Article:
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Go Blue with Indigo - setting up your Indigo dye vat.

We thought we would share our experience with using our very own indigo dye kit which contains 100% natural indigo, plus the oxygen reducer thiox (thiourea dioxide), and soda ash as the alkaline base. Although we supply an excellent natural 1-2-3 method kit containing fructose as the antioxidant, and lime (calcium hydroxide) as the alkaline, the method that gives the most standardised results in our opinion, is the thiox/soda ash method.


Our kit contains the indigo (50g), thiox (50g), and soda ash (100g) plus a detailed instruction booklet (it is proportions of 1,2,3 of these ingredients). In addition to the kit, you will need a cylindrical vat ideally with a lid to keep oxygen our, and one which has a total volume of between 15-25 litres. This will mean you can dye up to 500g fibre/fabric/yarn in one dyeing session before needing to re-charge, and tend to the vat. You can of course set up much smaller vats but remember the proportions 1,2,3. We use a stainless steel cylindrical vat like the one in the following photo (but equally you could get hold of a plastic container with a lid - a plastic brewers bucket or a large saucepan with a lid would also work). However, keep any container just for dyeing - don't use it for food preparation afterwards.

Once you have selected your vat, place it on a solid and stable surface, preferably one that can be easily cleaned, as you will inevitably drip dye liquor on the surface when dyeing. When first setting up your vat, fill your vat to approximately 3/4 full with warm to hot water as per the following picture.

Gather together your instruction booklet and indigo dye kit from Wonky Weaver. You will also ideally need a long wooden spoon, some rubber gloves, scales/weighing spoon, and either pH strips or a pH meter for checking the pH of the vat. The pH is important as you need a pH around 9-10 when dyeing wool, and a more alkaline pH of around 11 when dyeing cotton or other plant fibres. The pH is adjusted using soda ash (sodium carbonate).

Weigh out the correct amounts of indigo, thiox and soda ash and mix each separately into hot water (to form liquid pastes of each) and add to the vat following the instructions and using the proportions as given in the instruction booklet. Leave the dye vat to settle for at least 15 minutes (but we usually leave for at least 2 hours). The dye vat liquor should be a yellow/green transparent liquid.


When you are ready to start dyeing, make sure your items of fabric or yarn, are scoured and washed to remove any dirt/debris and also wetted. Make sure any excess water is rung out so not to introduce too much water/drippage into the vat. Dripping excess water into the vat introduces oxygen which you don't want. The purpose of the thiox is to deoxygenate the vat so that the indigo is reduced, and the pigment indigotin released.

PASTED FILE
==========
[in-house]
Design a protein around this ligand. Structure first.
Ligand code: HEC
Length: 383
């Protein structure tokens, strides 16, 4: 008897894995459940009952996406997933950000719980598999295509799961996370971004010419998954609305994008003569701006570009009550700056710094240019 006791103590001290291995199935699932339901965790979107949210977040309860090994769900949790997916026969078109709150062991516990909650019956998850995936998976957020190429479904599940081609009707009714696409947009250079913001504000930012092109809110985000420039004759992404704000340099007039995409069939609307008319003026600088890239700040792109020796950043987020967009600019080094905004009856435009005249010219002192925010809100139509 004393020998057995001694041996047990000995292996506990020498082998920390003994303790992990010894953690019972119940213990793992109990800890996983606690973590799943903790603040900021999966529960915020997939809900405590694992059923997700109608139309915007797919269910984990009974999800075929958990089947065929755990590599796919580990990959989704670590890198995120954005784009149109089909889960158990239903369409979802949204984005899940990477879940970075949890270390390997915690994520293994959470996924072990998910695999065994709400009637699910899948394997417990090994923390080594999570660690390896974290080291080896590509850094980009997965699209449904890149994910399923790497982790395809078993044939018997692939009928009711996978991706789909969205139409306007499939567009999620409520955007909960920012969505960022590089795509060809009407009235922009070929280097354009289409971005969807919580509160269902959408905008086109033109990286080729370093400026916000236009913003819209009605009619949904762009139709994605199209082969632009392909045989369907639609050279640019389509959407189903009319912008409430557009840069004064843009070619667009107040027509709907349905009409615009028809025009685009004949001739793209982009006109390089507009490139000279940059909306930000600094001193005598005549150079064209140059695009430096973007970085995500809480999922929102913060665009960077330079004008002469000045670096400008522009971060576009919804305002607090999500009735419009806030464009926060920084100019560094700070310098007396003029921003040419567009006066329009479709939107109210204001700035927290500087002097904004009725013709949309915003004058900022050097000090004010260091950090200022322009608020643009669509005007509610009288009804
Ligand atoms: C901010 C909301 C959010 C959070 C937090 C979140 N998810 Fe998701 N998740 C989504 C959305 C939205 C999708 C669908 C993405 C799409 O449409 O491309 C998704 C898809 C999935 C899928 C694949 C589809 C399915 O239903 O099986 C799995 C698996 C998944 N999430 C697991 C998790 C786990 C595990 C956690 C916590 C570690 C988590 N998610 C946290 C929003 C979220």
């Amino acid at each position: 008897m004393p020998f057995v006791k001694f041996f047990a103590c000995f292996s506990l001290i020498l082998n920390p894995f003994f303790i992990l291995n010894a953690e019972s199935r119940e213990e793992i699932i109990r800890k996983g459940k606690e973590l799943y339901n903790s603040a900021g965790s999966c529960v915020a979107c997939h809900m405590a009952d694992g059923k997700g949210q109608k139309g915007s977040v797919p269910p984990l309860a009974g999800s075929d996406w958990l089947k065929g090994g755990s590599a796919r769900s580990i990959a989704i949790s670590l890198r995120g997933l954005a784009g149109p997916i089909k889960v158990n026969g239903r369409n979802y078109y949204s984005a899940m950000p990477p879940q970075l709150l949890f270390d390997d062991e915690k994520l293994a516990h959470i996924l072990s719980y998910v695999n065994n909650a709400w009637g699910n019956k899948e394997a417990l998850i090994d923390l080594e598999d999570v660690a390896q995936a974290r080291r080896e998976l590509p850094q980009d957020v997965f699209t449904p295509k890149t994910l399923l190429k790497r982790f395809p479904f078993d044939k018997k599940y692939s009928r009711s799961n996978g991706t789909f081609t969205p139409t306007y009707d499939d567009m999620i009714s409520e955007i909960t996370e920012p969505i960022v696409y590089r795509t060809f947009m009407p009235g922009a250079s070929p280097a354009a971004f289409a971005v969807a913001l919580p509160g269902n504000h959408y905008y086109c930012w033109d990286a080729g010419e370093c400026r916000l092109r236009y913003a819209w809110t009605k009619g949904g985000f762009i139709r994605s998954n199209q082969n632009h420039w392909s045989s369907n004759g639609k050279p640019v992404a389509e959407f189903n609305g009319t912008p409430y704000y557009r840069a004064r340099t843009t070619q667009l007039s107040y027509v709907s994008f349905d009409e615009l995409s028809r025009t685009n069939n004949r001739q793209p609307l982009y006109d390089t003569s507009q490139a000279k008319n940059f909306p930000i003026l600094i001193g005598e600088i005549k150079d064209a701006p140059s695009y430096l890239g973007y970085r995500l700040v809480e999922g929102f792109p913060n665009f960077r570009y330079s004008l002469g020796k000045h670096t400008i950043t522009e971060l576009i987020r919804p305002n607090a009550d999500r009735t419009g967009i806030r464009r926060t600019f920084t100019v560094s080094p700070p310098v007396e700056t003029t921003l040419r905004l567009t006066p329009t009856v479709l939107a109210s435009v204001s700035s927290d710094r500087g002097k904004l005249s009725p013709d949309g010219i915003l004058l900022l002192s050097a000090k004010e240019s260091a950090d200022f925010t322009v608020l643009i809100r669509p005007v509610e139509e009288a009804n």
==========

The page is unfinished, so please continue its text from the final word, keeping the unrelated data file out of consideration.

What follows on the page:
Put on gloves, and gently lower your fibre into the vat, and then do a very gentle scrunching motion under the vat liquor to ensure the fibre is exposed/coated to the dye in the vat. Don't over agitate or swirl, as this will add unwanted excess of oxygen/air into the vat, and don't over load your vat with too much yarn/fibre. We usually leave for 5 minutes before gently lifting the fibre out of the vat. At this point the fibre should look yellowy/green (not blue!) as per the following photo.


As you will quickly see on exposure to the air, the fibre will start to turn blue. In the following photo, you will see the yarn on the right has been exposed for a couple of minutes, and the yarn on the left was just lifted out of the indigo vat.

When done with dipping, hang on a clothes rack, or line or something similar to allow the fibre to be fully exposed to the air as follows.



Once the fibre is fully exposed to the air you may want to go for darker indigo shades. To achieve this, you can re-dip the fibre into your indigo dye vat, repeating the same steps as above (gently dipping and leaving for 5 minutes and then re-exposing to the air). This can be repeated several times if so desired. Once you are happy with the colour shade, leave to fully expose to the air - for at least a couple of hours minimum, then rinse, wash and dry. You may opt to use our dye fixative wash on the last rinse as this can help wash, and wet fastness, and prevent future loss of the indigo on contact with the skin.




If you want to get even more creative you can overdue with indigo. So first dye your fibre with myrobalan and then over dye with indigo to achieve teal colours. If you first dye with madder and then over dye with indigo you can yield purple/mauve shades. The possibilities are endless :-)


Please do let us know how you get on with our dye kits or any of our products, and say hello if you have any questions for us! Enjoy your time exploring indigo!


Visit our website www.wonkyweaver.com and click on Indigo to see our range of products and dye vat reagents.

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